Why businesses can no longer afford to be ignorant of deforestation

Impact of deforestation

The conversation surrounding deforestation and its impact on not just the environment, but businesses as well, has been ongoing for years. The matter has come to the fore yet again as many businesses are now realising that it is starting to affect their bottom line because customers are expecting and demanding more from the companies and brands that they interact with. Deforestation can be defined as the decrease in forest areas across the world that are lost for other objectives, such as agricultural purposes or mining activities.

Following the forging of the Paris Agreement on climate change, businesses across different sectors have been forced to critically examine their efforts in the fight against climate change. It is widely known that forests absorb approximately a third of human-caused carbon dioxide emissions. As such, the gradual destruction of forests is having a dire impact on global greenhouse emissions. Companies that operate in just about any industry, even beauty and fashion, have a role to play in the fight against climate change. According to reports, companies are creating a demand for the commodities that are responsible for the majority of forest loss, namely cattle products, timber products, palm oil and soy. Understanding that no industry or country operates in isolation, any changes to products on the market will have an impact on the USD and exchange rates because of international trade activity. Therefore, the approach to take on the matter needs to be well thought out and be a balanced act that continues to meet customer needs and demands, but in an environmentally-friendly way.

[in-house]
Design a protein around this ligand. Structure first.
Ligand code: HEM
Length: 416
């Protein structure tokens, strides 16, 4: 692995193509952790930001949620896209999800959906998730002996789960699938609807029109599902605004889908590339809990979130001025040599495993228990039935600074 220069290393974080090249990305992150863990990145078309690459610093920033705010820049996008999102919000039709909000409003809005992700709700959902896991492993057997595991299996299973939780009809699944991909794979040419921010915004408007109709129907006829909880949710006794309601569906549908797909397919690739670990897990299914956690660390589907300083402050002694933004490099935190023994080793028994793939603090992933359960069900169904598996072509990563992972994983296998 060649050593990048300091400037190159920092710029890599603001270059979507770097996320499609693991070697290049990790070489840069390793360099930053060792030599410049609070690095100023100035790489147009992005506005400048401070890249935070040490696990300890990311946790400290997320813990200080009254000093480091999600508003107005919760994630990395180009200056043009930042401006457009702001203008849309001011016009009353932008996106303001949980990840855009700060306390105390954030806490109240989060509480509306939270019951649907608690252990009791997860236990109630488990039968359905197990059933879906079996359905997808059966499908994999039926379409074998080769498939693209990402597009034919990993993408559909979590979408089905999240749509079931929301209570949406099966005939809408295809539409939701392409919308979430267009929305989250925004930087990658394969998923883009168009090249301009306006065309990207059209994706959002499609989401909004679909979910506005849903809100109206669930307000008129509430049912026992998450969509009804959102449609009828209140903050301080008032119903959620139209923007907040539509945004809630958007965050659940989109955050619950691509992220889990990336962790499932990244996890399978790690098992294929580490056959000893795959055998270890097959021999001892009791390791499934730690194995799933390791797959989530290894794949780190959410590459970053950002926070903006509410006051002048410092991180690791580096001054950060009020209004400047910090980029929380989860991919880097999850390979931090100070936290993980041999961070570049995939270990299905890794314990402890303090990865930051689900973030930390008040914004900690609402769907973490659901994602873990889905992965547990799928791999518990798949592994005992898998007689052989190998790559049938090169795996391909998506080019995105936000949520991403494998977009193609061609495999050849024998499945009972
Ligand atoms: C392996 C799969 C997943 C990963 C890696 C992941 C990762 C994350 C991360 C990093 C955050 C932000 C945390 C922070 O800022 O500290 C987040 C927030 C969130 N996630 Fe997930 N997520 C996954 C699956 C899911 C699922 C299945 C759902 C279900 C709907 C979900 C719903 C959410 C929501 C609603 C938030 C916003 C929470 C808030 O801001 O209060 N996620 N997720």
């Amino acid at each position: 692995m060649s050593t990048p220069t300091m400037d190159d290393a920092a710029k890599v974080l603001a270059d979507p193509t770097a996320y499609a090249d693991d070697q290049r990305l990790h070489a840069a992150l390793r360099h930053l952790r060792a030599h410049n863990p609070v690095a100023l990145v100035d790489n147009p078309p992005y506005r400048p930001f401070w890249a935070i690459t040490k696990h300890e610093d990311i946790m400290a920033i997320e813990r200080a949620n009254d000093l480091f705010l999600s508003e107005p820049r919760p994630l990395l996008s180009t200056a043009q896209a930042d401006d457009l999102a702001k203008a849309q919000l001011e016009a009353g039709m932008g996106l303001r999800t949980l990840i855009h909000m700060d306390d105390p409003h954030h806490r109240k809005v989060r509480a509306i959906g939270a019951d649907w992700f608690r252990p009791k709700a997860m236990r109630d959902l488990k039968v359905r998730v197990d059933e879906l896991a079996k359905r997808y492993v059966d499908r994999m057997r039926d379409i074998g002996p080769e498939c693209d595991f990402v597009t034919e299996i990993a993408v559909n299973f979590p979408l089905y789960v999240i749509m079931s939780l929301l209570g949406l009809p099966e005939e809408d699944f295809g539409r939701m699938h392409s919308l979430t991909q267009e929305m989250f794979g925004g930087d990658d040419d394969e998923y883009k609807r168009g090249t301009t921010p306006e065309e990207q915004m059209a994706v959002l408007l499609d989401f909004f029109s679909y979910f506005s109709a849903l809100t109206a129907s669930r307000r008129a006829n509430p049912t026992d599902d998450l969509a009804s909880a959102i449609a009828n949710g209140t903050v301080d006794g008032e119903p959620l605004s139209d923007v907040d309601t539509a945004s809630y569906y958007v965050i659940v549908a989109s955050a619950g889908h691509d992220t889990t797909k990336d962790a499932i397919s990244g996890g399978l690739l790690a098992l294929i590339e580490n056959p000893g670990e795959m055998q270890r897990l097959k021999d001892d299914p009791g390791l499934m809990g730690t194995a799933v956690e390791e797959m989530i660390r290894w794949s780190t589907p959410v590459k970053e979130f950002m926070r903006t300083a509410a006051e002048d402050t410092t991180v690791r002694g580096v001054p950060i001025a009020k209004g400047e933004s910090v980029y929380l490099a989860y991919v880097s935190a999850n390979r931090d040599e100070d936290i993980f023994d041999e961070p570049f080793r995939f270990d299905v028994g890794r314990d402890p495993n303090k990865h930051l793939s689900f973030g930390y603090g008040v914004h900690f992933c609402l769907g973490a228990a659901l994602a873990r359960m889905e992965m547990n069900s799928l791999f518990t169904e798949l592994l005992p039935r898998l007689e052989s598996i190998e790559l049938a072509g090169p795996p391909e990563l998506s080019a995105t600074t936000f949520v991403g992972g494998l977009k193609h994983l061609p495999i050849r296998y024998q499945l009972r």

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What customers expect from businesses

The whole world has seen and felt the impact of climate change, albeit to a lesser extent in some cases, which is why many people are banding together and calling for businesses to be more responsible in their operations. Customers are putting pressure on businesses to find more suitable alternatives that do not pose as much of a threat to the environment. Should businesses fail to do this, it is estimated that up to an approximated $906 billion in annual turnover may be at risk. While customers do have influence and the ability to guide suppliers and their operations, the true power lies in multi-national brands and their procurement budgets. They have a better chance of influencing companies to be more environmentally aware through clauses and terms and conditions that they can include in their procurement policies.

For example, they may choose to only work with businesses who can prove that they are aware of the impact of deforestation and climate change and are committed to fighting it. If businesses are held accountable and encouraged to be cognizant of how their operations are impacting the environment, there will be an increased chance of more responsible operations. In most cases, when businesses realise that something is starting to impact their bottom line, they are more likely to immediately act on it and resolve it, so as to ensure their continued operations. Therefore, businesses need to now critically asses their functions, particularly procurement and supply chain, and identify areas of improvement in this regard.

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About the author: Cory Weinberg

Cory Weinberg covers the intersection of tech and cities. That means digging into how startups and big tech companies are trying to reshape real estate, transportation, urban planning, and travel. Previously, he reported on Bay Area housing and commercial real estate for the San Francisco Business Times. He received a "best young journalist" award from the National Association of Real Estate Editors.

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